RIDGECREST, N.C. (BP)–The sparkling stream meandering through the tangle of massive wild rhododendrons under a dazzling Blue Ridge Mountain sky would no doubt have been an irresistible place for T.W. Wilson to stop and pray.
Of course, there probably wasn’t a place the late evangelist didn’t do that. He was known as a prayer warrior.
Friends and family members who gathered to dedicate the new T.W. Wilson Memorial Prayer Garden at LifeWay Ridgecrest Conference Center June 5 said the tranquil natural setting dedicated to prayer was a fitting tribute.
“He loved being outside,” said his widow, Mary Helen, as the headwaters of North Carolina’s Swannanoa and French Broad rivers gently tumbled down a nearby waterfall and skipped under an inviting covered bridge. “He loved to hunt and fish, and being able to appreciate God’s glory. This certainly is a glorious spot.”
The couple was married nearly 59 years when he died in 2001.
T.W. Wilson was Billy Graham’s executive assistant, best friend and confidante for 45 years, traveling the world and overseeing much within the Bill Graham Evangelistic Association.
An unassuming helper, he refused any fancy title Graham tried to bestow upon him.
“‘Uncle T’ [as most knew him] didn’t want credit,” said Mike Arrington, vice president of LifeWay corporate affairs. “He just wanted to be a servant.”
After his prayer ministry and humility, the next thing friends and family members mention about him is the ubiquitous T.W. Wilson bear hug.
“We could have named a building after him,” said James T. Draper Jr., president of LifeWay Christian Resources. “But everyone who knows him commented about him praying for them. We wanted a lasting tribute to who he was.”
His son, evangelist Jim Wilson, said, “I’m thrilled this is the emphasis being given to my daddy. We talk more about prayer than we pray. We have conferences on prayer, when what we really need to do is pray. He was a great example of that.”
Byron Hill, national director of LifeWay conference centers, said the serene prayer garden makes a meaningful statement about LifeWay’s ministry.
Ridgecrest is undergoing significant changes through a 10-year capital improvement plan, including construction of the 120-room Mountain Laurel Inn, which opened in October 2002. Unfortunately, it displaced a beloved place of prayer at the heart of the campus.
“Back in the ’20s, a man named Johnson was walking with his young son, who found a natural spring in the woods there and asked, ‘Daddy, wouldn’t this be a wonderful place for people to come and pray?'” Ridgecrest general manager Bill Bowman said.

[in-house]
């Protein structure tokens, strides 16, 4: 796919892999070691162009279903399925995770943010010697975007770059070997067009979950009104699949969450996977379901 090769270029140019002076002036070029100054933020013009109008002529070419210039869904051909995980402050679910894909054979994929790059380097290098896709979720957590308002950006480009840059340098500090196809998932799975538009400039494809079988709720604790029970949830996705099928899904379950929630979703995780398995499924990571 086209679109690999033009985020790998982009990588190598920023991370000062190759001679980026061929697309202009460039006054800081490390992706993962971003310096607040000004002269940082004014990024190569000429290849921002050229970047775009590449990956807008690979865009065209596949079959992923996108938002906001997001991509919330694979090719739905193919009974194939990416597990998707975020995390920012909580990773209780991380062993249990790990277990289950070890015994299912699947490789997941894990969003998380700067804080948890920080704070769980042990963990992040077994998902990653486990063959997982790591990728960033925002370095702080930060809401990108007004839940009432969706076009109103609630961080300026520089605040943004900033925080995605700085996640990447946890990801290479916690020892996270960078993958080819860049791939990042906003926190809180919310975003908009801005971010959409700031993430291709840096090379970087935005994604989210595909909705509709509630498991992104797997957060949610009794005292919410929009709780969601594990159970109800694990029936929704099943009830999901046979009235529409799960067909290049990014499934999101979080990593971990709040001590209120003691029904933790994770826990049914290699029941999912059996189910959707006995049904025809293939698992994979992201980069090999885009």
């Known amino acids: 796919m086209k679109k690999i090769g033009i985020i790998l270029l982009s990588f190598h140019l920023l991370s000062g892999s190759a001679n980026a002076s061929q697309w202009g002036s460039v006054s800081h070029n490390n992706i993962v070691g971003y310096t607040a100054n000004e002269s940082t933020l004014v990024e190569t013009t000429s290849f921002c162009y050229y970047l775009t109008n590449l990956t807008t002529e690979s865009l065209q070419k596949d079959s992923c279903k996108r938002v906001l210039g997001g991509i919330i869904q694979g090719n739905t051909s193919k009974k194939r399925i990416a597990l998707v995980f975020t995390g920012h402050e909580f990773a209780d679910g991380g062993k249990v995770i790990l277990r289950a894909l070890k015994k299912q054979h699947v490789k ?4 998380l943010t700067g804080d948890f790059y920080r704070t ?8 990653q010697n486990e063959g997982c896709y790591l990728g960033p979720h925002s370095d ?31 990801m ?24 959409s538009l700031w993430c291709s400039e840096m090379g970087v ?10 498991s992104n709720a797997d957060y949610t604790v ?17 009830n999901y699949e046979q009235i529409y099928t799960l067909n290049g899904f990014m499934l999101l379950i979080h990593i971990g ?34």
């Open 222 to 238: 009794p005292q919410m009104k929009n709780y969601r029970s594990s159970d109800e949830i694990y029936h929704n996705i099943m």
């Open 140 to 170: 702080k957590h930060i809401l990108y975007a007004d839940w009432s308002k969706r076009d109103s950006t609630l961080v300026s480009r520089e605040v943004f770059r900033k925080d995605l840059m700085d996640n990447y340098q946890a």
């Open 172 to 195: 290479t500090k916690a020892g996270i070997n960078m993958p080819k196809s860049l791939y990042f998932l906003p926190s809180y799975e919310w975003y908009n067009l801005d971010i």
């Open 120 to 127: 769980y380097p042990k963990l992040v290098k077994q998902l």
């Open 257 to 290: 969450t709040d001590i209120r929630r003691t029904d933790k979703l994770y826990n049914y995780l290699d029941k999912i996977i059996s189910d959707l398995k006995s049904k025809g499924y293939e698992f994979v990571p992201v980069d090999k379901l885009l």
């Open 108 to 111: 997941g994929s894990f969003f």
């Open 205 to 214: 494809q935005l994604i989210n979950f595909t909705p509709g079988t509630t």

Shortly afterward, Bowman said, the son died in an accident. The family maintained the area for several years and it eventually was named “Johnson’s spring” to honor the boy.
“Many people had gotten saved there,” Bowman said. “People had gotten engaged there. People expressed great concern over the loss of that place.”
It was clear that a new prayer garden needed to be found, Arrington said.
In April 2002, construction was finishing on the Rutland Chapel, which sits atop a mountainside ridge nearby. Once it was finished, staff members had their answer, and a committee soon formed to raise the $100,000 needed for their plans.
The three secluded acres sit just below the chapel ridge. The forested retreat is now dotted with wooden benches and stairways and even includes an outdoor amphitheatre with a rock lectern for group Bible studies and devotionals. Inscribed memorial brick pavers will be sold and placed along the quiet pathways.
Wilson’s daughter, Sally Ann Pereira, wife of the late Jerry Pereira, former president of the Baptist State Convention of North Carolina, suggested the covered bridge in case people wanted to pray there in bad weather.
“Daddy was a soul-winner,” and never missed an opportunity to share the Gospel, she said, “so the garden should be welcoming at all times.”
Much care was taken to preserve the pristine environs in their natural state, said Gary McCauley, director of capital resource development for LifeWay. “You can hardly imagine a prettier place, but you can well imagine that people by the tens of thousands are going to look back on this spot as a place that changed their lives, where perhaps they were called to the ministry,” McCauley said. “It’s a pristine place of reflection and a respite from the hustle and bustle of their lives.”